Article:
New regs for Friday: Air conditioners, food coloring, crop insurance

Friday's edition of the Federal Register contains new rules for air conditioners, borrowers who default on loans, crop insurance for pears, and food coloring.

Here's what is happening:

Air conditioners: The Department of Energy is moving forward with new efficiency standards for certain types of residential central air conditioners.

The Energy Department's Office of Energy Efficiency and Renewable Energy announced Thursday that it is making changes to the efficiency standards for "through-the-wall central air conditioners" and "through-the-wall central air conditioning heat pumps."

The Energy Department proposed the changes last December and is now moving forward with the new rules.

The rules go into effect in one month.

Education: The Department of Education is considering new rules for borrowers who default on the terms of their loans. 

The Education Department's newly established negotiated rule-making committee announced Thursday a series of meetings next month where the agency will consider how to define "adverse credit" for people who borrow money from the Federal Direct PLUS Loan Program.

Adverse credit is a term that is generally used for people who default on their loans. 

The committee meetings are scheduled for May 19–20.

Crop insurance: The U.S. Department of Agriculture is looking to expand insurance coverage for pear producers, while at the same time reducing the program's vulnerability to fraud.

The USDA's Federal Crop Insurance Corporation announced the proposed changes Thursday, which would go into effect during the 2015 crop year.

"Currently, pears that are knocked down to the ground by wind, or that are frozen and cannot be packed or marketed as fresh pears are considered culls," the agency wrote in the Federal Register. "The proposed quality endorsement will include all insured causes of loss, therefore, damage caused by wind or freeze will be covered."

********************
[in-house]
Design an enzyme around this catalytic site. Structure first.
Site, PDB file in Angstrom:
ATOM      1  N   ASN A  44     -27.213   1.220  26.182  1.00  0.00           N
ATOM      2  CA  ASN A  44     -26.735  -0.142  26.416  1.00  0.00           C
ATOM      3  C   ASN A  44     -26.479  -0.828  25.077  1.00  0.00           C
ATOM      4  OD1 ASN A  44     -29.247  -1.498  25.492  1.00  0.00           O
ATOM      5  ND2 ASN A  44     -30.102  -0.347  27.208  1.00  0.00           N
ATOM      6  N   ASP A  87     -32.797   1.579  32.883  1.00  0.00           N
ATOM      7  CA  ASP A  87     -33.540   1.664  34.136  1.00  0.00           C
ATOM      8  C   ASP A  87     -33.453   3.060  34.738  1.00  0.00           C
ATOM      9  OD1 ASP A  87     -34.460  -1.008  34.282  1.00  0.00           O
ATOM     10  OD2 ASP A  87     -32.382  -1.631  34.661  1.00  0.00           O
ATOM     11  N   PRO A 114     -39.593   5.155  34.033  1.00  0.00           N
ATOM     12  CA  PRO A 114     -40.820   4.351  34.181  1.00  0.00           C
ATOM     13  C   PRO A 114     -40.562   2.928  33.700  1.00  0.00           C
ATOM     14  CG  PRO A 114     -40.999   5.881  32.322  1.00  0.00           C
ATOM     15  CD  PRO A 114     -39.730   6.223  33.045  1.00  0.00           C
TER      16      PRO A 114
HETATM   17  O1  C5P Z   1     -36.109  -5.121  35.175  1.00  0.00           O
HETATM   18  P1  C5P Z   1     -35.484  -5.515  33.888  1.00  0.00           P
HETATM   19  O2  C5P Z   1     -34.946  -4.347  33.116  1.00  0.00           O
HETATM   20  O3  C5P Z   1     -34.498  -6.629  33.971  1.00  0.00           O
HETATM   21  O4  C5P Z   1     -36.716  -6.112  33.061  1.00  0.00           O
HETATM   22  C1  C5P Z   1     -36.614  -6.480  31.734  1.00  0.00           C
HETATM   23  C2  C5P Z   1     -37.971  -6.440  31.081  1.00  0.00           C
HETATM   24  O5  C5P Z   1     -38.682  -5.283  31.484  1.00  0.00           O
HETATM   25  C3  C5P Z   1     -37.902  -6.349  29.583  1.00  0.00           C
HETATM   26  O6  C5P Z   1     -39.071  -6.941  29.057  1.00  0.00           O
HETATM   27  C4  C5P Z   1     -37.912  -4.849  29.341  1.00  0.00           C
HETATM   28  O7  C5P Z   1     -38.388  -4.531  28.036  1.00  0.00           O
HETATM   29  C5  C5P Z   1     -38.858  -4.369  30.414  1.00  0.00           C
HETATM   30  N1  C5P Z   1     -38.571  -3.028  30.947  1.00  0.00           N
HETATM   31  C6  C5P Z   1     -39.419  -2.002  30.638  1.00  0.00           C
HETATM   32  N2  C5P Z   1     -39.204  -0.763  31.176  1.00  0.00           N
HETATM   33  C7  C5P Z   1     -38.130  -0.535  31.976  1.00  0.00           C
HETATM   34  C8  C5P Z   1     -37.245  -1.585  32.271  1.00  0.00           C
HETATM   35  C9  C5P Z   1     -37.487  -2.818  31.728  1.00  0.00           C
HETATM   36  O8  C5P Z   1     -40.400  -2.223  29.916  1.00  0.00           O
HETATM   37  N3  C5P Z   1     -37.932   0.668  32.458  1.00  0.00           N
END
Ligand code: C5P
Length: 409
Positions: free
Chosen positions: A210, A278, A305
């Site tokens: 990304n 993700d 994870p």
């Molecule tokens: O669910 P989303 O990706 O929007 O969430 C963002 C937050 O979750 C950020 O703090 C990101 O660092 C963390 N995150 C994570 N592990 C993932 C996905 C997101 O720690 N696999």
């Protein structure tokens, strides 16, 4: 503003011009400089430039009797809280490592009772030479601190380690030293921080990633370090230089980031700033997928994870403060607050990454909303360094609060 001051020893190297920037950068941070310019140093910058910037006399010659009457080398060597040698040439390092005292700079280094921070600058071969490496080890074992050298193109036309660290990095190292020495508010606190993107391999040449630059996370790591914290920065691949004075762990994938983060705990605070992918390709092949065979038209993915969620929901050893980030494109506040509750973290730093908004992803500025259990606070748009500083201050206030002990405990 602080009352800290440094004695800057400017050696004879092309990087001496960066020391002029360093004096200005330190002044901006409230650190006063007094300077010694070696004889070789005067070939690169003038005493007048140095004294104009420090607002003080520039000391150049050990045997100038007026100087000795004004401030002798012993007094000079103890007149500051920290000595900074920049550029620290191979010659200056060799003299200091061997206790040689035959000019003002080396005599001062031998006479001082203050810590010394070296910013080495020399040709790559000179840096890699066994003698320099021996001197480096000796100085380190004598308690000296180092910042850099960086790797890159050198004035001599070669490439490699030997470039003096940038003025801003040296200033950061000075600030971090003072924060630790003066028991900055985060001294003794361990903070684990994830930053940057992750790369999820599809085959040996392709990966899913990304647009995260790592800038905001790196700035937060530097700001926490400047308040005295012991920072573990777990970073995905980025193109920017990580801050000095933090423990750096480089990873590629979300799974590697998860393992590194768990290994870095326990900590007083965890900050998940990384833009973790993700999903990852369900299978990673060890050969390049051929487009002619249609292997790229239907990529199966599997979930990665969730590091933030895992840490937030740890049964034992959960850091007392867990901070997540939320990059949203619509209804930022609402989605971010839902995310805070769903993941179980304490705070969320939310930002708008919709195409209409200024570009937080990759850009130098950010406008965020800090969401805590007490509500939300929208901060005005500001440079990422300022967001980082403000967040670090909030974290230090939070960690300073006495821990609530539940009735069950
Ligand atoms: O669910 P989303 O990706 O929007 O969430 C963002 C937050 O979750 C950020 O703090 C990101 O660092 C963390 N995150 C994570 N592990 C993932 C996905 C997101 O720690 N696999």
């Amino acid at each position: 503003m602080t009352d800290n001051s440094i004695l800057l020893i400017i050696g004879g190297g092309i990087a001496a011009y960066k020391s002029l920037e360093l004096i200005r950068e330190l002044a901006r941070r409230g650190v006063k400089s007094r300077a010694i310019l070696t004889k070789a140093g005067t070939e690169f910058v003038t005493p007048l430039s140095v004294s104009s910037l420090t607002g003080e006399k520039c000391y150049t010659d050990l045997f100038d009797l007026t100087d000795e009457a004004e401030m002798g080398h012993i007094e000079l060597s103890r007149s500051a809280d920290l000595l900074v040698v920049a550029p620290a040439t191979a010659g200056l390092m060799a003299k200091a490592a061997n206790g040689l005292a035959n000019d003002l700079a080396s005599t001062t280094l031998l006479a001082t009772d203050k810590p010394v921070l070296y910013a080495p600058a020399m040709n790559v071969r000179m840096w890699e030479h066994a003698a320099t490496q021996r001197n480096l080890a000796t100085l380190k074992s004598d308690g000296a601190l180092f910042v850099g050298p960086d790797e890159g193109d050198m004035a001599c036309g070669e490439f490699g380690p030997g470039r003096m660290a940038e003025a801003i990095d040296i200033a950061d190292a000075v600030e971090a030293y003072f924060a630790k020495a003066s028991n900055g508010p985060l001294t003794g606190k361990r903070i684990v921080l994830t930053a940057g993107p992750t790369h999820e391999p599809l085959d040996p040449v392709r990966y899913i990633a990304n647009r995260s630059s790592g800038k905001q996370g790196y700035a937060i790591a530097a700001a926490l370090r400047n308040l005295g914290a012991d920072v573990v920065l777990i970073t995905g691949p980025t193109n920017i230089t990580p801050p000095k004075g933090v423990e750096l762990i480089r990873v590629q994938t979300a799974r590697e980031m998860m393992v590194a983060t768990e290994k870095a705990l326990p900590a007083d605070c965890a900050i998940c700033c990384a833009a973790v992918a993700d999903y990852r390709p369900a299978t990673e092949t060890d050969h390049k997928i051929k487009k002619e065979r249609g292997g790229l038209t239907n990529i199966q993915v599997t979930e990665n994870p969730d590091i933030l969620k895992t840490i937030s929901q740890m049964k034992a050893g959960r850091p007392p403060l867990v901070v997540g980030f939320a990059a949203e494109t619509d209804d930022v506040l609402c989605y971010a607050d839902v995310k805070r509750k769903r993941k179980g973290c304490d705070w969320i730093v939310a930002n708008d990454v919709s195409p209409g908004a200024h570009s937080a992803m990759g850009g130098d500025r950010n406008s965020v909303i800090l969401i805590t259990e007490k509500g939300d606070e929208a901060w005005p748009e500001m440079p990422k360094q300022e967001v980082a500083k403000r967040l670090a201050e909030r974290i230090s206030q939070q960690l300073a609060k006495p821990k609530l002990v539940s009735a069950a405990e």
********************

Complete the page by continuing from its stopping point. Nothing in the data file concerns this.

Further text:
Food coloring: The Food and Drug Administration (FDA) is making changes to its food color regulations

The new rules adopt spirulina extract as a safe form of food coloring. The company that makes the color additive, GNT USA Inc., had requested this exemption. 

Spirulina is a blue-colored powder or liquid.

Last August, the FDA approved a similar color additive for candy and chewing gum.

The rule goes into effect May 13.

Electronic filing: The Federal Mine Safety and Health Review Commission (FMSHRC) is extending the comment period on a rule that would allow companies to file documents with the commission electronically. 

The FMSHRC issued an interim rule in December, but is extending the comment period through July 31 to give companies more time to discuss their experiences with the commission.

Name change: The Food and Drug Administration (FDA) is changing the name of one of its committees and expanding the group's responsibilities.

Formerly known as the Advisory Committee for Reproductive Health Drugs, the FDA is changing the panel's name to the Bone, Reproductive and Urologic Drugs Advisory Committee to more accurately reflect its new responsibilities. 

The committee is responsible for reviewing the safety and effectiveness of drugs used in practices such as osteoporosis and metabolic bone disease, obstetrics, gynecology and urology.